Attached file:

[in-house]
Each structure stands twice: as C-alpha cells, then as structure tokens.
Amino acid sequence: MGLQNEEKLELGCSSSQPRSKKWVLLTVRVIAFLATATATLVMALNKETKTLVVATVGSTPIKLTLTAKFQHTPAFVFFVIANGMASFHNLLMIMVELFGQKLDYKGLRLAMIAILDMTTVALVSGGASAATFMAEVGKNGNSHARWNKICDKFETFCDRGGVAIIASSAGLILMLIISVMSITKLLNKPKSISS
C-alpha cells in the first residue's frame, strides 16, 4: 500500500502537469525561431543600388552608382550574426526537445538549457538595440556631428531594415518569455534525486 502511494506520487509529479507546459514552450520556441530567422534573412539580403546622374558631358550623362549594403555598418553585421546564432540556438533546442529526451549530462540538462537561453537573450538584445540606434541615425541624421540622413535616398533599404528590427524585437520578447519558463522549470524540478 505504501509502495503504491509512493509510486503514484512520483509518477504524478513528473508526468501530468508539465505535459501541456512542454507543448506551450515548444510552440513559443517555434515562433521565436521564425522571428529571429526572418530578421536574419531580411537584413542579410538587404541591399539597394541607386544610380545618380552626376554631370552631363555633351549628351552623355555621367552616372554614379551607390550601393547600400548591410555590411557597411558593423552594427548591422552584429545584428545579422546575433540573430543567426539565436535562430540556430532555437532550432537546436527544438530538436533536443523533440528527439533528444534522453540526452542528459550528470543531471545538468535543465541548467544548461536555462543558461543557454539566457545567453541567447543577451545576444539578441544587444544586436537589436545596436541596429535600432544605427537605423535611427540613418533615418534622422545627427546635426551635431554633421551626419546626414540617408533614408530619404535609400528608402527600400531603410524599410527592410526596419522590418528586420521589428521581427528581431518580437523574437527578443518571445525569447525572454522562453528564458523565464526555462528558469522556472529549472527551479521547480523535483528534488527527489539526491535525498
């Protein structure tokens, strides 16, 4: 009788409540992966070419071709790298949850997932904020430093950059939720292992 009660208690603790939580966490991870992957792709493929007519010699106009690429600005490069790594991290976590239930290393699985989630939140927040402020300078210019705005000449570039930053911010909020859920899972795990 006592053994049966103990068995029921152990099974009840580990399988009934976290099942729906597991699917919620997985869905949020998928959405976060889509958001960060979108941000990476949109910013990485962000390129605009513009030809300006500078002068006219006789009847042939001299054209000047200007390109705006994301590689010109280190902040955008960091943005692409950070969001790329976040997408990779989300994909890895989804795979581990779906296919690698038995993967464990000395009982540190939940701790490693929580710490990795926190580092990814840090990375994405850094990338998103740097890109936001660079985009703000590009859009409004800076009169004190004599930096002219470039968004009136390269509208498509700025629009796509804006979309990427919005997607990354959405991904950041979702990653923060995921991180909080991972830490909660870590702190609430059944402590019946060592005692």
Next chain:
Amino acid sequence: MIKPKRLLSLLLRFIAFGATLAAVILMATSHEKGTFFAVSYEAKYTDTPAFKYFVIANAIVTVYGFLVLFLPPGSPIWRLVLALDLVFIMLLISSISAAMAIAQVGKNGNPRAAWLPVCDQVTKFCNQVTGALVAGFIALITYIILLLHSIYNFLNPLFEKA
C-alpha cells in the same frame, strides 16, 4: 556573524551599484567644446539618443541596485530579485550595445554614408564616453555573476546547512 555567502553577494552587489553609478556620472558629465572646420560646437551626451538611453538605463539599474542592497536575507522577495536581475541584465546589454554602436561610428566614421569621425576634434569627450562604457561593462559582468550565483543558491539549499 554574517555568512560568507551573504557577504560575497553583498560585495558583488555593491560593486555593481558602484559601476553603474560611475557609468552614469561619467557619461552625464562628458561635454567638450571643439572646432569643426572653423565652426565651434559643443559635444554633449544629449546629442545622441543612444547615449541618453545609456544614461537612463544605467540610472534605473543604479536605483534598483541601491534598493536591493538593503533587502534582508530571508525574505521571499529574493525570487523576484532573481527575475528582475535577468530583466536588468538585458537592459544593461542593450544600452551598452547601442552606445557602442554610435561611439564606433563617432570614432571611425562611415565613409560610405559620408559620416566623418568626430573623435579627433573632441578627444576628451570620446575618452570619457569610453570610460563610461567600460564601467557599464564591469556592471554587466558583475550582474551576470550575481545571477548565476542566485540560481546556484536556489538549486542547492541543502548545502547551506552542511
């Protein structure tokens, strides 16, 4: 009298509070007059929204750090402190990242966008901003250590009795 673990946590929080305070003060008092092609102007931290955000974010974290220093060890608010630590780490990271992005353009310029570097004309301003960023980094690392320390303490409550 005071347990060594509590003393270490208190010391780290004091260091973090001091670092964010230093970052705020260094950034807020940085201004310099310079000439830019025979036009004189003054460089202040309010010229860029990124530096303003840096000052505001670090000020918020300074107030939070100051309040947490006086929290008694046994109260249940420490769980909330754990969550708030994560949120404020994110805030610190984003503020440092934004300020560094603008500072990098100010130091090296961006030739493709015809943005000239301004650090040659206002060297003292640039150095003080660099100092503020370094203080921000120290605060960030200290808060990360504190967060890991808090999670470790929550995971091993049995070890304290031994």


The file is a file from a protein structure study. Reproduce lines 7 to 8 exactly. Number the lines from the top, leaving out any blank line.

Amino acid sequence: MIKPKRLLSLLLRFIAFGATLAAVILMATSHEKGTFFAVSYEAKYTDTPAFKYFVIANAIVTVYGFLVLFLPPGSPIWRLVLALDLVFIMLLISSISAAMAIAQVGKNGNPRAAWLPVCDQVTKFCNQVTGALVAGFIALITYIILLLHSIYNFLNPLFEKA
C-alpha cells in the same frame, strides 16, 4: 556573524551599484567644446539618443541596485530579485550595445554614408564616453555573476546547512 555567502553577494552587489553609478556620472558629465572646420560646437551626451538611453538605463539599474542592497536575507522577495536581475541584465546589454554602436561610428566614421569621425576634434569627450562604457561593462559582468550565483543558491539549499 554574517555568512560568507551573504557577504560575497553583498560585495558583488555593491560593486555593481558602484559601476553603474560611475557609468552614469561619467557619461552625464562628458561635454567638450571643439572646432569643426572653423565652426565651434559643443559635444554633449544629449546629442545622441543612444547615449541618453545609456544614461537612463544605467540610472534605473543604479536605483534598483541601491534598493536591493538593503533587502534582508530571508525574505521571499529574493525570487523576484532573481527575475528582475535577468530583466536588468538585458537592459544593461542593450544600452551598452547601442552606445557602442554610435561611439564606433563617432570614432571611425562611415565613409560610405559620408559620416566623418568626430573623435579627433573632441578627444576628451570620446575618452570619457569610453570610460563610461567600460564601467557599464564591469556592471554587466558583475550582474551576470550575481545571477548565476542566485540560481546556484536556489538549486542547492541543502548545502547551506552542511